Member States, policy-makers and experts from 19 countries gathered at a WHO meeting in Tbilisi, Georgia, to agree on how to reduce unnecessary caesarean sections (C-sections) in the WHO European Region.
The use of C-sections to deliver babies has increased dramatically over the past 20 years and, according to doctors, is reaching epidemic proportions. Unbiased, evidence-based information is needed to guide women and obstetricians to optimize their use of C-sections.
Dr Nino Berdzuli, Programme Manager for Sexual and Reproductive, Maternal and Newborn Health at WHO/Europe, opened the meeting by clearly stating the challenge: “The operation is vital when complications occur during pregnancy and birth, but once caesarean section rates are above 10–15%, there is no evidence to suggest that the procedure helps reduce maternal and newborn mortality. On the contrary, the surgery can lead to complications and should be conducted when medically necessary.”
Presentations from countries across the Region revealed enormous differences in C-section rates – from 7% to 51% – with worrying trends. While national rates for C-sections between 2010 and 2015 remained below 20% in parts of northern Europe, they increased to 50% and over in several countries in south-eastern Europe.
These striking differences in C-section rates across Europe raise questions about their impact on short-term, but also longer-term, maternal and child health. They also underscore differences in the approaches that countries of Europe have taken to managing childbirth.
Mothers often unaware of risks
For mothers, the negative consequences of C-sections for future pregnancies include an increase in spontaneous preterm birth, uterine rupture and abnormal placentation that may result in excessive maternal bleeding and often the need for hysterectomy.
For infants, C-sections are associated with risks that mothers are not always aware of, including increased likelihood of:
- admission to neonatal intensive care units;
- neonatal depression due to general anaesthesia;
- respiratory distress, even at term;
- higher likelihood of breastfeeding complications;
- asthma; and
Researchers have also found that higher national rates for C-sections do not ensure that the procedure is provided to all women in need. This is especially true in rural areas, partly due to the absence of facilities and a lack of adequate skills.
Misconception and convenience main reasons for choosing C-sections
The following reasons for increasing C-section rates are repeatedly reported in studies from many countries:
- fear of pain;
- concerns about genital modifications after vaginal delivery;
- the misconception that a C-section is safer for the baby;
- convenience for health professionals and for the mother and family;
- misaligned financial incentives with higher reimbursement for C-sections than for vaginal deliveries;
- fear of medical litigation; and
- lower tolerance for any complications or temporary aesthetic imperfections from the baby’s passage through the birth canal.
For many years, doctors have elected to administer C-sections because they are easier to plan. This makes them more convenient for doctors and mothers, particularly when compared with unscheduled and often lengthy instrumental deliveries.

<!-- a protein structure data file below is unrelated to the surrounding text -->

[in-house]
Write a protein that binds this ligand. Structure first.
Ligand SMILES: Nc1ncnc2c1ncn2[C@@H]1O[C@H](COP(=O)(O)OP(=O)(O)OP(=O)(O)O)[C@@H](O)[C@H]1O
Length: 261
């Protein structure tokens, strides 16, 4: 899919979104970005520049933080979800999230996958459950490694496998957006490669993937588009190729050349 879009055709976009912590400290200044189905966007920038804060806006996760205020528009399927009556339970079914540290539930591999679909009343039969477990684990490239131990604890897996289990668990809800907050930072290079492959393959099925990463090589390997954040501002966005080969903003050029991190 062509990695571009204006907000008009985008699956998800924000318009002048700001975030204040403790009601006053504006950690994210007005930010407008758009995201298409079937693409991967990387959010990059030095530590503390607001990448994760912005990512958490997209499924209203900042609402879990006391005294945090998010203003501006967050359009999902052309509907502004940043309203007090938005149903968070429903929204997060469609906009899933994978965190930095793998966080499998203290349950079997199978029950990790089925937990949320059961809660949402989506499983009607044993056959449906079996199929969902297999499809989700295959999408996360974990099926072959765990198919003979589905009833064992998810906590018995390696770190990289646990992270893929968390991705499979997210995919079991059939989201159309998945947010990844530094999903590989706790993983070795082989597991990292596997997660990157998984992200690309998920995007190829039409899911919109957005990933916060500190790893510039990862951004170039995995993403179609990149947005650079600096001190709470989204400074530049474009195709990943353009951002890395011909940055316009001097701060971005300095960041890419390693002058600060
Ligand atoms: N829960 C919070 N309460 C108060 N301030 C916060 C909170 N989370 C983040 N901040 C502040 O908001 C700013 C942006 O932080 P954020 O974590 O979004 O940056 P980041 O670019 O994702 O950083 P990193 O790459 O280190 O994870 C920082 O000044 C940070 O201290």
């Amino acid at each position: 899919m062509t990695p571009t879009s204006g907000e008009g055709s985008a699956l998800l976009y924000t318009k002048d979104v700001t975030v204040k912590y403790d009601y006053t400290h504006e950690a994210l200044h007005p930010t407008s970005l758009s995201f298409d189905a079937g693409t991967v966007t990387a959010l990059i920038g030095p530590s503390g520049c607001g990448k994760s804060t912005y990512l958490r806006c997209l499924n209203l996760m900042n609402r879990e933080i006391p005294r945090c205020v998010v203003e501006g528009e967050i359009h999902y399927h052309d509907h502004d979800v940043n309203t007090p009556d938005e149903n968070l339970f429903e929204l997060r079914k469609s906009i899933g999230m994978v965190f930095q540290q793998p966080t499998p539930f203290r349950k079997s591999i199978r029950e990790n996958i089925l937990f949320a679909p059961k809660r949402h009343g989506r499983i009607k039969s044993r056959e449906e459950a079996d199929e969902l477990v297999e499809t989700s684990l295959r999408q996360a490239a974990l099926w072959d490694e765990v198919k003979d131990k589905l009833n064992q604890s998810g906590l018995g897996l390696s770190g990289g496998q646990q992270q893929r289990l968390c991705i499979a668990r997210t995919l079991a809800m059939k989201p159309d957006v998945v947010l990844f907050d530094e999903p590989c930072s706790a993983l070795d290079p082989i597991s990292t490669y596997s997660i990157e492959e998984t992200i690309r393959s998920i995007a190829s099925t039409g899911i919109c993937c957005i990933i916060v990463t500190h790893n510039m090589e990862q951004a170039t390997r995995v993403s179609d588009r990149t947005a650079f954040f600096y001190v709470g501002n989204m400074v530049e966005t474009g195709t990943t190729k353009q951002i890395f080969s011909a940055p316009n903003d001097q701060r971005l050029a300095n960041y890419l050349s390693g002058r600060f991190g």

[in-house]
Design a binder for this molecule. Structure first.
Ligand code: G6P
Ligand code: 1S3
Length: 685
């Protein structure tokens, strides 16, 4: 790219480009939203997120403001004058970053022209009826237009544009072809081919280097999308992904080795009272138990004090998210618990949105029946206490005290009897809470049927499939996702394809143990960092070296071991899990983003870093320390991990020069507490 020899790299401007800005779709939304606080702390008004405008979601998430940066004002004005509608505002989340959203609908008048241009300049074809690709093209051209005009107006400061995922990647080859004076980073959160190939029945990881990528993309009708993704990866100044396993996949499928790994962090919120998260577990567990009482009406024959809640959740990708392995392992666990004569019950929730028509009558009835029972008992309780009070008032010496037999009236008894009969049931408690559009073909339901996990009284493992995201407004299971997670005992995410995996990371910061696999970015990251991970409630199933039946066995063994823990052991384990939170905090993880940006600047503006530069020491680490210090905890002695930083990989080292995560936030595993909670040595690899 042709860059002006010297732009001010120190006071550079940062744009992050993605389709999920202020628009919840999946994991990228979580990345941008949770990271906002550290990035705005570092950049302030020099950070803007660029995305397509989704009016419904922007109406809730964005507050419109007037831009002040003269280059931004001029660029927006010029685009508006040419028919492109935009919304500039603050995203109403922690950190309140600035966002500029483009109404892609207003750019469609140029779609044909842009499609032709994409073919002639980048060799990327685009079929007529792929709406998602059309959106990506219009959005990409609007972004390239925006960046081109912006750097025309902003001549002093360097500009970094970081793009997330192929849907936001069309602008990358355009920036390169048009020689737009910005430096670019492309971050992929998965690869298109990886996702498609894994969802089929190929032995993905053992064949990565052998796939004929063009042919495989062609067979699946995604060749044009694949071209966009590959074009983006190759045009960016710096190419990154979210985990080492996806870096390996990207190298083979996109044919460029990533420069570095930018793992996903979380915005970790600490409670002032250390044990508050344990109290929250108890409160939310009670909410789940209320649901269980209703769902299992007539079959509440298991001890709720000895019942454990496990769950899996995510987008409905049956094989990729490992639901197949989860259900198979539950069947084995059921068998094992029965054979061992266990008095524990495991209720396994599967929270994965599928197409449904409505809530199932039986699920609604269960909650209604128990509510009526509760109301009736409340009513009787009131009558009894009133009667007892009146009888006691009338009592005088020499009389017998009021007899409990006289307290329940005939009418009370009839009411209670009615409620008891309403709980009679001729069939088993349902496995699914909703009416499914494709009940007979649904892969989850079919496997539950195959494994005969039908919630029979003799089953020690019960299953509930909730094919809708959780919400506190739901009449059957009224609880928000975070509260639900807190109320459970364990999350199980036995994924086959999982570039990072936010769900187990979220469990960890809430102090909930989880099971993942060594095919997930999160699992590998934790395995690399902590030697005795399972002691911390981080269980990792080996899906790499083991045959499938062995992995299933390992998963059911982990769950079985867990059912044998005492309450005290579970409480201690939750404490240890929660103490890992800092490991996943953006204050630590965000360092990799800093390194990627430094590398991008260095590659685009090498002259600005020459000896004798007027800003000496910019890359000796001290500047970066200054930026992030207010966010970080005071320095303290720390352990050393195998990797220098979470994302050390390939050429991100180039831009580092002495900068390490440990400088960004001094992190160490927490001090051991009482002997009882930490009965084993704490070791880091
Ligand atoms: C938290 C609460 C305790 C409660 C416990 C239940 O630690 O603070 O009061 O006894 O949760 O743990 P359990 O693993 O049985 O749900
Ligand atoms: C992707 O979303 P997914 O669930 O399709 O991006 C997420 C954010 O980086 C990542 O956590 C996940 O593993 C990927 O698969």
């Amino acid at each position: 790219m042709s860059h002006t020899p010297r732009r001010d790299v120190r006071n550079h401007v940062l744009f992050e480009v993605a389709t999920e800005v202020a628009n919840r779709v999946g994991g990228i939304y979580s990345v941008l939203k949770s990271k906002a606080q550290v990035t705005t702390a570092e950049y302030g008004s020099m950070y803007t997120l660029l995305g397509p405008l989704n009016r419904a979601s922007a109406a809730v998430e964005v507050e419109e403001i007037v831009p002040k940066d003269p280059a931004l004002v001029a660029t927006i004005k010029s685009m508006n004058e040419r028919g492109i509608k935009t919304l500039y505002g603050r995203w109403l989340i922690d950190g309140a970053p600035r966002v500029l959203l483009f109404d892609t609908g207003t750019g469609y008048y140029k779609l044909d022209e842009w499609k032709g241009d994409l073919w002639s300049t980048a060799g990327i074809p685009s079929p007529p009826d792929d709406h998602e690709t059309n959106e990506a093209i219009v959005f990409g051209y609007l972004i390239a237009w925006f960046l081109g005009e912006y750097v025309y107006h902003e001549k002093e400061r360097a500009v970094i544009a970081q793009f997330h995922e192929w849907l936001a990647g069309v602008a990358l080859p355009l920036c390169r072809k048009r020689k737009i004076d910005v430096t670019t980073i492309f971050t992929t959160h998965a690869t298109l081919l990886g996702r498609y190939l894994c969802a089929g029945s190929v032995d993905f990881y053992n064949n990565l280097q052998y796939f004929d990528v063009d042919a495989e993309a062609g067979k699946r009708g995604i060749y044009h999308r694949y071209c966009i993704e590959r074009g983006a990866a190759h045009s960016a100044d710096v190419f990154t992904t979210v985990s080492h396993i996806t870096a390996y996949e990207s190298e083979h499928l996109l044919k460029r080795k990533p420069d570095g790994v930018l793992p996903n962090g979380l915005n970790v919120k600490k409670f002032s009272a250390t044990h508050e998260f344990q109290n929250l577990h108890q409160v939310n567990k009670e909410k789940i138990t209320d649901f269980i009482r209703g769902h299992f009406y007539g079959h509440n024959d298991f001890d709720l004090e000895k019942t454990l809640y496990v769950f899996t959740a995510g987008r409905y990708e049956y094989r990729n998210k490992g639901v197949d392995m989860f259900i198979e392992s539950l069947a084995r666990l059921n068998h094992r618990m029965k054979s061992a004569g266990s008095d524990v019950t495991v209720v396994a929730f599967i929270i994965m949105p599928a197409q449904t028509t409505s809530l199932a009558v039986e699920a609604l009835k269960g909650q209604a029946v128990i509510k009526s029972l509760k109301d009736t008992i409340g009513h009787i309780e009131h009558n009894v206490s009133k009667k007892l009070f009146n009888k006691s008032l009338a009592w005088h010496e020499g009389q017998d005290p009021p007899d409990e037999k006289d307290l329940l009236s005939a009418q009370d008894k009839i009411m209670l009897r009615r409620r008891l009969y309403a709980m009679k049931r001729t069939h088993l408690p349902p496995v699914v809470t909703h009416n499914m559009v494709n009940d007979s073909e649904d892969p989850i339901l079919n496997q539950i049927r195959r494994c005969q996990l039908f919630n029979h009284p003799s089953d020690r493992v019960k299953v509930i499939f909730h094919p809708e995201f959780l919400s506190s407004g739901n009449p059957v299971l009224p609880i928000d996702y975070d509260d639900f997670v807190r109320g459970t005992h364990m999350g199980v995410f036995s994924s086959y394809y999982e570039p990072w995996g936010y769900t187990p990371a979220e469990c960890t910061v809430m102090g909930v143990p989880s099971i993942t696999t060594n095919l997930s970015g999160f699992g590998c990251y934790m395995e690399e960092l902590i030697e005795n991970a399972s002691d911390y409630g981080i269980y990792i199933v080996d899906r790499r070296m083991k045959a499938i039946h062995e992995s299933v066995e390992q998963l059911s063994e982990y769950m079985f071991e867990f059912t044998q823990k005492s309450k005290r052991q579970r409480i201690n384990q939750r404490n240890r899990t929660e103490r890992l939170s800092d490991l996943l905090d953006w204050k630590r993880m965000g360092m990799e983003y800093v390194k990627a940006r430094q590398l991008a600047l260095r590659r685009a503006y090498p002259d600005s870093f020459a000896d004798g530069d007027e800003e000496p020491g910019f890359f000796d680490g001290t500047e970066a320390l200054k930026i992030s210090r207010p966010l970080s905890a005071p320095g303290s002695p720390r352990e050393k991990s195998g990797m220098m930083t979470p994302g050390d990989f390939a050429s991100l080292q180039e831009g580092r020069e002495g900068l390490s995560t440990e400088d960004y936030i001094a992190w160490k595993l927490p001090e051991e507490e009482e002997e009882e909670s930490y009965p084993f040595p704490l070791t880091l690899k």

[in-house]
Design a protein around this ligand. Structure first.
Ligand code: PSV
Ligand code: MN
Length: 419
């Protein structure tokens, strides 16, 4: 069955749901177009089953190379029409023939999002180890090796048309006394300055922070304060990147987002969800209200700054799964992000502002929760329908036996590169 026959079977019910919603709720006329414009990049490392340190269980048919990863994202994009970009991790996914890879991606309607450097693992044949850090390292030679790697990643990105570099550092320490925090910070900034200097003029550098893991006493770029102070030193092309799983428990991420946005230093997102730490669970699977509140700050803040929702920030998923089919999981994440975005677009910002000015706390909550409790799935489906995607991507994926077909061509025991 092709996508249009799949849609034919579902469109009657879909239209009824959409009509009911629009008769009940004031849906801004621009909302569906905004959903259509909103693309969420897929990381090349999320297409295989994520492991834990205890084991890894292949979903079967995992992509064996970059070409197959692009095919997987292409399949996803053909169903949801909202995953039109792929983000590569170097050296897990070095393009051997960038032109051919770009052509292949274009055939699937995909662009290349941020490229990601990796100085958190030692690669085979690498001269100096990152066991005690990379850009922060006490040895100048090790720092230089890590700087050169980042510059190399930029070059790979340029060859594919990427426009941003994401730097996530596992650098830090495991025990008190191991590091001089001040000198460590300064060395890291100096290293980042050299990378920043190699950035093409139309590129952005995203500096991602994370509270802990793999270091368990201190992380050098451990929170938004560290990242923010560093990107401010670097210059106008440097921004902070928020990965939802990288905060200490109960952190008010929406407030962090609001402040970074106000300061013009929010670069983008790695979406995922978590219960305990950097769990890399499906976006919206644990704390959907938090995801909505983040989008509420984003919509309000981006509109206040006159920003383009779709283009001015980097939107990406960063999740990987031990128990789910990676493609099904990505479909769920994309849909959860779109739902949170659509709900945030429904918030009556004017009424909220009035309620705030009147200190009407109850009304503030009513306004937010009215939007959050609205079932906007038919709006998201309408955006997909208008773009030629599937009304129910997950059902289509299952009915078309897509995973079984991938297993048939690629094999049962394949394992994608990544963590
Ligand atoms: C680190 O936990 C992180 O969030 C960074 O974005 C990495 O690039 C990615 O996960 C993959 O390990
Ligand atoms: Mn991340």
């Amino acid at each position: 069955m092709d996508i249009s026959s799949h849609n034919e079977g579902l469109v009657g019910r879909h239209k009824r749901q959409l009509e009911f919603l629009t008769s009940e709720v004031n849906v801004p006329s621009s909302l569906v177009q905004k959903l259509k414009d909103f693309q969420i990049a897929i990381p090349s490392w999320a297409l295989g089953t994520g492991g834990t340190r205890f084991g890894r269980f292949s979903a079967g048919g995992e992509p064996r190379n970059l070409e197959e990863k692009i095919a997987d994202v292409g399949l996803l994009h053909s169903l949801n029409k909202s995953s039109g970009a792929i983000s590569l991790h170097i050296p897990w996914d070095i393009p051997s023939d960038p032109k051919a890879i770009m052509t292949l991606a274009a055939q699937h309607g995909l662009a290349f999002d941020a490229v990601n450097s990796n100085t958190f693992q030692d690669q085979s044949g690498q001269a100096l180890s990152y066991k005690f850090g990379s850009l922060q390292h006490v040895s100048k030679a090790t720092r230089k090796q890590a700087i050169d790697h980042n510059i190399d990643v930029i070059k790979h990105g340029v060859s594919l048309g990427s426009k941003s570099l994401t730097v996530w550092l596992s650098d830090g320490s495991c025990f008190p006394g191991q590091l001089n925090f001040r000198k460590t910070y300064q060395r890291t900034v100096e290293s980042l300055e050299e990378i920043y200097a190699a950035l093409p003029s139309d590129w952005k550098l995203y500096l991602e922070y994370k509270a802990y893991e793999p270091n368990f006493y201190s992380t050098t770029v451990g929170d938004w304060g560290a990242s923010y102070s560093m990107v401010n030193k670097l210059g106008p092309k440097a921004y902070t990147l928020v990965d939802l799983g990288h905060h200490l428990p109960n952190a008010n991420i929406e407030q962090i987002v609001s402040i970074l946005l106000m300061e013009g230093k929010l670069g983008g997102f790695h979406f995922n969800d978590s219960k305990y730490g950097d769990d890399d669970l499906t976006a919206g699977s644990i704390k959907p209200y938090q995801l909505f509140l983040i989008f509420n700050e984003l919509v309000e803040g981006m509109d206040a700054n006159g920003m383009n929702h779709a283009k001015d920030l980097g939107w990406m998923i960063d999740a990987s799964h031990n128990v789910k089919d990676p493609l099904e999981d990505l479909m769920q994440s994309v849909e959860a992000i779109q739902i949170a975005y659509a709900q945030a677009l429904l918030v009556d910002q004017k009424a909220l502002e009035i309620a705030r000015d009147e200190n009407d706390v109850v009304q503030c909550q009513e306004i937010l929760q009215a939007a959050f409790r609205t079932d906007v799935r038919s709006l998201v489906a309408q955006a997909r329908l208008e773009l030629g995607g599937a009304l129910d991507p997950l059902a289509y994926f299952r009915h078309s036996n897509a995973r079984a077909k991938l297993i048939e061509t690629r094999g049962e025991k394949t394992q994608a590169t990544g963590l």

However, overreliance on C-sections presents issues for medical education: it can lead to a lack of training in the clinical skills necessary to manage complications during instrumental delivery, with corresponding concerns over legal issues.
“Increased use of caesarean sections also adds an unnecessary financial burden on health systems,” Dr Berdzuli stated. “Medically unnecessary caesarean sections are not an efficient use of limited health-care resources. There is a need to develop policies that encourage health-care organizations to provide value-based and cost-effective care.”
Factors associated with higher rates of vaginal deliveries may include strict policies on maternal requests for C-sections, cultural or social pressure, differences in the legal framework for medical litigation, and strategies favouring home births or a midwifery-led approach to births.
Benefits of vaginal delivery little known
The benefits of vaginal delivery to the fetus have been studied, and one specific advantage in particular – maternal vaginal microbiota – was recently identified. Vaginal delivery exposes infants to microbes colonizing the mother’s birth canal that have the potential to impact physical and neurocognitive development and life-course disease risk. Together with exclusive breastfeeding, this influences the maturation of the infant immune system and health during the first 1000 days of life.
The challenge remains for countries to identify the reasons for high rates of C-sections in their national contexts, and to consider how to shift C-sections from being the normal way of giving birth to being procedures only undertaken when medically necessary.
WHO recently launched guidelines for reducing unnecessary C-sections that have formed the basis for discussions. With the support of partners, WHO will facilitate the way forward, refine advocacy and empower women to increase their health literacy.
The meeting in Tbilisi closed with a call to action and the presentation of key action points at country, regional and global levels.
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